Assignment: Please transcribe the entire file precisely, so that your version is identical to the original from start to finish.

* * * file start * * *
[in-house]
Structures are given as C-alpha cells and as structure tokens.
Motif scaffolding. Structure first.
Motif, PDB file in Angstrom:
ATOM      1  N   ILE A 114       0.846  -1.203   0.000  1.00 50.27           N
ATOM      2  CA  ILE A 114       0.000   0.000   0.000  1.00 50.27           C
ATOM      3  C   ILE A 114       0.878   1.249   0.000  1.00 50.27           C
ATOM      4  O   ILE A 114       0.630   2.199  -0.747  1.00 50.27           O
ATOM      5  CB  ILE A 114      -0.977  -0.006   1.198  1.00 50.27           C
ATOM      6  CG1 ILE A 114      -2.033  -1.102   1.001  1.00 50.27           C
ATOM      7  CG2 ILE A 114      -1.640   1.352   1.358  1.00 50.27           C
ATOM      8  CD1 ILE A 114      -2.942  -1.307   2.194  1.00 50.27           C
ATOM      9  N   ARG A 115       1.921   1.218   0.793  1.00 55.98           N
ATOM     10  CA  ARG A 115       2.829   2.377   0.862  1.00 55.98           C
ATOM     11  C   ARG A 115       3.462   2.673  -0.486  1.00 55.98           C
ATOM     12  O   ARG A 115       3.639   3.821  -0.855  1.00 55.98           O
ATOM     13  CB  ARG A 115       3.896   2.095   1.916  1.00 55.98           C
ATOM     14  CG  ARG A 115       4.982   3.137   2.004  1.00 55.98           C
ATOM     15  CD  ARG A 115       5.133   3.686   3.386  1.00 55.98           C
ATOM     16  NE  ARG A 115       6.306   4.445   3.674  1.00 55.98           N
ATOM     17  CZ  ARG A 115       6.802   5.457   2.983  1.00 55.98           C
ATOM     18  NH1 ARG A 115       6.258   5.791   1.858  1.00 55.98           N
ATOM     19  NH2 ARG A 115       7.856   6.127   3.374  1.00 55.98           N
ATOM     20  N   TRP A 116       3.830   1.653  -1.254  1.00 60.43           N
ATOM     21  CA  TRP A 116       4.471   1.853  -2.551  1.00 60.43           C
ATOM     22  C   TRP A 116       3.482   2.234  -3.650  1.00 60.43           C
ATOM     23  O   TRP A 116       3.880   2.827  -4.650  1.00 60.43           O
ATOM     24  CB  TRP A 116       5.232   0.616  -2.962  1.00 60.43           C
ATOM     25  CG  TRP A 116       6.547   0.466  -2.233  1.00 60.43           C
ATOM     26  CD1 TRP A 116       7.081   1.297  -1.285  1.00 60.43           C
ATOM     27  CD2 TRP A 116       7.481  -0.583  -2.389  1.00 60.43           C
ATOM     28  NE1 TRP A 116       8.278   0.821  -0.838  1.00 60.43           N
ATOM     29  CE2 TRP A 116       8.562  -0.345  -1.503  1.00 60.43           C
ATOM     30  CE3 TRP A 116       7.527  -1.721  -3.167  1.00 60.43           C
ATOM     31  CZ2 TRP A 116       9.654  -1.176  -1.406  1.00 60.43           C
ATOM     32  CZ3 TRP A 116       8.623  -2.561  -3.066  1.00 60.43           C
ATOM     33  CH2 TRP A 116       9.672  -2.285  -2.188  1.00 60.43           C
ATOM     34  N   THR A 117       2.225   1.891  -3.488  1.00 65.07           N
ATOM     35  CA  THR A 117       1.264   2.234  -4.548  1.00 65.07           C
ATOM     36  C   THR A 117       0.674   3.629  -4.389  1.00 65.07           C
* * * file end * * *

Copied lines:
[in-house]
Structures are given as C-alpha cells and as structure tokens.
Motif scaffolding. Structure first.
Motif, PDB file in Angstrom:
ATOM      1  N   ILE A 114       0.846  -1.203   0.000  1.00 50.27           N
ATOM      2  CA  ILE A 114       0.000   0.000   0.000  1.00 50.27           C
ATOM      3  C   ILE A 114       0.878   1.249   0.000  1.00 50.27           C
ATOM      4  O   ILE A 114       0.630   2.199  -0.747  1.00 50.27           O
ATOM      5  CB  ILE A 114      -0.977  -0.006   1.198  1.00 50.27           C
ATOM      6  CG1 ILE A 114      -2.033  -1.102   1.001  1.00 50.27           C
ATOM      7  CG2 ILE A 114      -1.640   1.352   1.358  1.00 50.27           C
ATOM      8  CD1 ILE A 114      -2.942  -1.307   2.194  1.00 50.27           C
ATOM      9  N   ARG A 115       1.921   1.218   0.793  1.00 55.98           N
ATOM     10  CA  ARG A 115       2.829   2.377   0.862  1.00 55.98           C
ATOM     11  C   ARG A 115       3.462   2.673  -0.486  1.00 55.98           C
ATOM     12  O   ARG A 115       3.639   3.821  -0.855  1.00 55.98           O
ATOM     13  CB  ARG A 115       3.896   2.095   1.916  1.00 55.98           C
ATOM     14  CG  ARG A 115       4.982   3.137   2.004  1.00 55.98           C
ATOM     15  CD  ARG A 115       5.133   3.686   3.386  1.00 55.98           C
ATOM     16  NE  ARG A 115       6.306   4.445   3.674  1.00 55.98           N
ATOM     17  CZ  ARG A 115       6.802   5.457   2.983  1.00 55.98           C
ATOM     18  NH1 ARG A 115       6.258   5.791   1.858  1.00 55.98           N
ATOM     19  NH2 ARG A 115       7.856   6.127   3.374  1.00 55.98           N
ATOM     20  N   TRP A 116       3.830   1.653  -1.254  1.00 60.43           N
ATOM     21  CA  TRP A 116       4.471   1.853  -2.551  1.00 60.43           C
ATOM     22  C   TRP A 116       3.482   2.234  -3.650  1.00 60.43           C
ATOM     23  O   TRP A 116       3.880   2.827  -4.650  1.00 60.43           O
ATOM     24  CB  TRP A 116       5.232   0.616  -2.962  1.00 60.43           C
ATOM     25  CG  TRP A 116       6.547   0.466  -2.233  1.00 60.43           C
ATOM     26  CD1 TRP A 116       7.081   1.297  -1.285  1.00 60.43           C
ATOM     27  CD2 TRP A 116       7.481  -0.583  -2.389  1.00 60.43           C
ATOM     28  NE1 TRP A 116       8.278   0.821  -0.838  1.00 60.43           N
ATOM     29  CE2 TRP A 116       8.562  -0.345  -1.503  1.00 60.43           C
ATOM     30  CE3 TRP A 116       7.527  -1.721  -3.167  1.00 60.43           C
ATOM     31  CZ2 TRP A 116       9.654  -1.176  -1.406  1.00 60.43           C
ATOM     32  CZ3 TRP A 116       8.623  -2.561  -3.066  1.00 60.43           C
ATOM     33  CH2 TRP A 116       9.672  -2.285  -2.188  1.00 60.43           C
ATOM     34  N   THR A 117       2.225   1.891  -3.488  1.00 65.07           N
ATOM     35  CA  THR A 117       1.264   2.234  -4.548  1.00 65.07           C
ATOM     36  C   THR A 117       0.674   3.629  -4.389  1.00 65.07           C